As the newly appointed director-general of the Republic of Liberia’s National Commission on Higher Education, the Honorable Mawine Diggs ’06 oversees regulation and policy regarding institutions of higher education in the West African country.
"We have a significant obligation to ensure that we are not just providing education, but quality education and standardized facilities to the people of Liberia," Diggs said in a January 2019 article on frontpageafricaonline.com.
Liberian President George Weah named Diggs to the position in October 2018. She is the first woman to head the NCHE.
The commission was established in 1989 to formulate broad policy guidelines for the establishment of institutions of higher education in Liberia, serve as the regulatory body for all institutions offering degrees, and coordinate and serve as the principal liaison between institutions of learning offering degrees in the country, according to the NCHE website.
Diggs, who was born in Liberia, began her term by calling on institutions of higher learning to develop curriculums specifically tailored for the present-day job market in Liberia.
“I know my passion for education will allow me to make a significant impact in this sector.”
Mawine Diggs '06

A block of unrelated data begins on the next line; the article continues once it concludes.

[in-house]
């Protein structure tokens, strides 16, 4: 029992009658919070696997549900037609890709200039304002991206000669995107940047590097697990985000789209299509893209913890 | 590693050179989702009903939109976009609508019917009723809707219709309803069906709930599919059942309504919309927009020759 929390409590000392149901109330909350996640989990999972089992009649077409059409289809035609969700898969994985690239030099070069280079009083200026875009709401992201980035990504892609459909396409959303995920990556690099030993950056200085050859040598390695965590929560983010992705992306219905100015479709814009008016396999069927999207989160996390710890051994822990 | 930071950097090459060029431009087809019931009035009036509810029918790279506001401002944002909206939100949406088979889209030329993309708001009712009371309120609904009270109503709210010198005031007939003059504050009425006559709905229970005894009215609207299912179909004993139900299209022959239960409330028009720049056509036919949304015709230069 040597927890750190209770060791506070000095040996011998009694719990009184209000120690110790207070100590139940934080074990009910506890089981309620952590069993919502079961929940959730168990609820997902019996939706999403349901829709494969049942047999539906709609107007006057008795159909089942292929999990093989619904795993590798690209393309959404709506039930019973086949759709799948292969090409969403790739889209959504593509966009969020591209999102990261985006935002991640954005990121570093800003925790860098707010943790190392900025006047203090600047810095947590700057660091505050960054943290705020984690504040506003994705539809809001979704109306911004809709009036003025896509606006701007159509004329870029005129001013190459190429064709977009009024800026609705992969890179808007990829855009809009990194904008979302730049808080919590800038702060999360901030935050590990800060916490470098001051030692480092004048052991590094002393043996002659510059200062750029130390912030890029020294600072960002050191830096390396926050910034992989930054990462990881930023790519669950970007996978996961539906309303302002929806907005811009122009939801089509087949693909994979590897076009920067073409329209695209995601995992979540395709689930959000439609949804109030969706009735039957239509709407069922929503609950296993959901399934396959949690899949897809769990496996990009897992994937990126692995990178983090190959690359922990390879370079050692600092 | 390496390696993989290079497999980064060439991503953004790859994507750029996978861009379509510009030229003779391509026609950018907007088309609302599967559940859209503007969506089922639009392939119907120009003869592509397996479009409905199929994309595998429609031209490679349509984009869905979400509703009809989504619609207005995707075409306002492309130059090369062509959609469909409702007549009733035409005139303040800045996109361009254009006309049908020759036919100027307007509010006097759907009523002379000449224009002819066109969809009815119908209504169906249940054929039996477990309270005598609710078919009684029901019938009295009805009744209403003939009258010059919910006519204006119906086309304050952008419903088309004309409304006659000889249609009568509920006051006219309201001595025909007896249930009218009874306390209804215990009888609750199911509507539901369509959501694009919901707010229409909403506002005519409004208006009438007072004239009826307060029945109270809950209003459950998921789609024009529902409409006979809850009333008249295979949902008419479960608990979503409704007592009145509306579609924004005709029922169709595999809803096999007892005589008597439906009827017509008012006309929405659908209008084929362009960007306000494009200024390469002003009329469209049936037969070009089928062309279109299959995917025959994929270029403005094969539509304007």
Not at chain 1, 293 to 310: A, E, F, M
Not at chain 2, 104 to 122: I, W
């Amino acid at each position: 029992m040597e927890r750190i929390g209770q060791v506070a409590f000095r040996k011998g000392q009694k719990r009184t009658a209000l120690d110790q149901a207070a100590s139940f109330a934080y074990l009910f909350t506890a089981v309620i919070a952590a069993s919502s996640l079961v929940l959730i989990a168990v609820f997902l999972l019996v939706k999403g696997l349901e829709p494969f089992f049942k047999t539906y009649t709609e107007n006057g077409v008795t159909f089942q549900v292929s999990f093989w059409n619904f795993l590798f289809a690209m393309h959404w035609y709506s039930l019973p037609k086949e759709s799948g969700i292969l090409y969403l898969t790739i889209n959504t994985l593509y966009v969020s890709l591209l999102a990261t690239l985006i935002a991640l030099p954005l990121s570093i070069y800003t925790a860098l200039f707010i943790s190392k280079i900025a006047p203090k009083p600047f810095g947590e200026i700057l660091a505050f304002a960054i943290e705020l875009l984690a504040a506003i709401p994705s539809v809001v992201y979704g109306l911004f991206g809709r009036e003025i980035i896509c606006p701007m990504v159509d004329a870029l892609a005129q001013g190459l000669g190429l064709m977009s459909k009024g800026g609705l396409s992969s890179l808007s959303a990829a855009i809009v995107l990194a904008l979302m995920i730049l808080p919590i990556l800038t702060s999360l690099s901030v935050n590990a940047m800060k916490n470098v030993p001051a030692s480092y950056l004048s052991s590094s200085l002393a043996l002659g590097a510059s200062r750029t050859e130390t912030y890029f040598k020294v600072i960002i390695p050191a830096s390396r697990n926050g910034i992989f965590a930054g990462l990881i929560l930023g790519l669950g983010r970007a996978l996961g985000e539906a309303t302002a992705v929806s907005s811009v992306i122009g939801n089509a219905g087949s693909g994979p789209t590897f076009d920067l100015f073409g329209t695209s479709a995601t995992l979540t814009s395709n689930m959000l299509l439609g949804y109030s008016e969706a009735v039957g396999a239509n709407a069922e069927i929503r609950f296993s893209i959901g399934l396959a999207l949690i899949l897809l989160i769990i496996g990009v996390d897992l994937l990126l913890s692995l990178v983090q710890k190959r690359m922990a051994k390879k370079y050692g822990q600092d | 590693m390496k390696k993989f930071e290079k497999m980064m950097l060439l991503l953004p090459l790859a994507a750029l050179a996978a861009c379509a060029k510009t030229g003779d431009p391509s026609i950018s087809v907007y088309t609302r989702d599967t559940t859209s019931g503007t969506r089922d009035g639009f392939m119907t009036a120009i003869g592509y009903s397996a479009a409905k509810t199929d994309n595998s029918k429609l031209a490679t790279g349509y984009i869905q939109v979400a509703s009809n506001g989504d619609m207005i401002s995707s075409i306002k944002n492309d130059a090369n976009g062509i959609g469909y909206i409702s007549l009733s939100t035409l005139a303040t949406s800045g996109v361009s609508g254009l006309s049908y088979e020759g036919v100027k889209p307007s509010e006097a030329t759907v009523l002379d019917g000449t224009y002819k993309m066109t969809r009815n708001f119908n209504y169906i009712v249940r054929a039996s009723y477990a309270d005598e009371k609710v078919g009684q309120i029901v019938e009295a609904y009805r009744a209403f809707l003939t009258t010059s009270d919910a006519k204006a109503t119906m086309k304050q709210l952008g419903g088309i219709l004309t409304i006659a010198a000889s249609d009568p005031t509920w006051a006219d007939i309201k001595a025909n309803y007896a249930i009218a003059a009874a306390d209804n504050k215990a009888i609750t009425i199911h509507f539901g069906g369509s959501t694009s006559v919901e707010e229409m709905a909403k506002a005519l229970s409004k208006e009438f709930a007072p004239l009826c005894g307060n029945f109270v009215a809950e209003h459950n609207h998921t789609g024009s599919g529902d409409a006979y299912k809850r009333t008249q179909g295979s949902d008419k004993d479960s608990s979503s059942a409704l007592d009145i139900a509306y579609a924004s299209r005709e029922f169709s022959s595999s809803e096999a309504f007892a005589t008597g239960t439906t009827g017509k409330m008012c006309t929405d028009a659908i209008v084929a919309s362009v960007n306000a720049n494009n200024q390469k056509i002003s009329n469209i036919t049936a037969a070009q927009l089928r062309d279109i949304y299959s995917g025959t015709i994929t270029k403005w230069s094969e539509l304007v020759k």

With Liberia’s large college-age population, Diggs aims to foster a way to connect citizens to post-college resources that will eventually lead to economic growth. Already, she has started to change the education landscape in Liberia by reviewing existing programs at higher education institutions and approving new and innovative programs.
Diggs attended Roanoke College after completing her high school education in Liberia. While at Roanoke, she served as Student Government Association president and became a charter member of the College’s chapter of Delta Sigma Theta Sorority. She graduated in 2006 with a bachelor’s degree in sociology and environmental policy.
After graduation, she earned a master’s degree in education from Clemson University. After moving to Detroit in 2011 to serve as district dean of student services, she was named to the Michigan Chronicle newspaper’s annual list of “50 Women of Excellence.” In 2017, Diggs was the recipient of the American Association for Women in Community Colleges’ “40 Under 40 Award.”
“It’s just an honor to be called back to serve,” Diggs said in a diverseeducation.com article about her new appointment and returning to her home country. “I’m overwhelmed, humbled, and excited because I know my passion for education will allow me to make a significant impact in this sector.”